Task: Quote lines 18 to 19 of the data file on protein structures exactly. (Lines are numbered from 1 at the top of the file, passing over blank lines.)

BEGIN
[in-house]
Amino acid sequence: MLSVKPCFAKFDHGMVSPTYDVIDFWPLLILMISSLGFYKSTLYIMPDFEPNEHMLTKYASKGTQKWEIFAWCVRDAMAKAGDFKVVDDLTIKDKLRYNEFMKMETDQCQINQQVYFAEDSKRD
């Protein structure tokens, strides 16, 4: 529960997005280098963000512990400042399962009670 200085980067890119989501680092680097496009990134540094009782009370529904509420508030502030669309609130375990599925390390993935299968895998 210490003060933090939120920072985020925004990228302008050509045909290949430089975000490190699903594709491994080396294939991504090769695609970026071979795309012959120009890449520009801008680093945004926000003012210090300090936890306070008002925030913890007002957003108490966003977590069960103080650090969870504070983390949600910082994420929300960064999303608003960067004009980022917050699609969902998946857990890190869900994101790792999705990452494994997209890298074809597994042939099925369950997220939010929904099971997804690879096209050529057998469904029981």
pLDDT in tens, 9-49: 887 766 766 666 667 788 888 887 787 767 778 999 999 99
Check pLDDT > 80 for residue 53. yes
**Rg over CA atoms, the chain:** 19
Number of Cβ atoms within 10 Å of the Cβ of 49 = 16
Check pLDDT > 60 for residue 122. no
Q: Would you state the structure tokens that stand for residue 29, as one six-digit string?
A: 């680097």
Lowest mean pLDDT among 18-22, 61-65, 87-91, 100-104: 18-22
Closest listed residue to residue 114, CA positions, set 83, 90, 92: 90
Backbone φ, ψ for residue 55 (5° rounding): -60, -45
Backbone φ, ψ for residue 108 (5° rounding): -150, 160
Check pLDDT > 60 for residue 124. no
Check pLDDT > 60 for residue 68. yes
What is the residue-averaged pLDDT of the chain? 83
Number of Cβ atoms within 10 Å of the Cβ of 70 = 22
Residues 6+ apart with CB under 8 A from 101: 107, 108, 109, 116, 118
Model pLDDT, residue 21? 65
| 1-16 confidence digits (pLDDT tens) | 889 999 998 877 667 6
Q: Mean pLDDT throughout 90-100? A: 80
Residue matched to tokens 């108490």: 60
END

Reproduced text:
Number of Cβ atoms within 10 Å of the Cβ of 70 = 22
Residues 6+ apart with CB under 8 A from 101: 107, 108, 109, 116, 118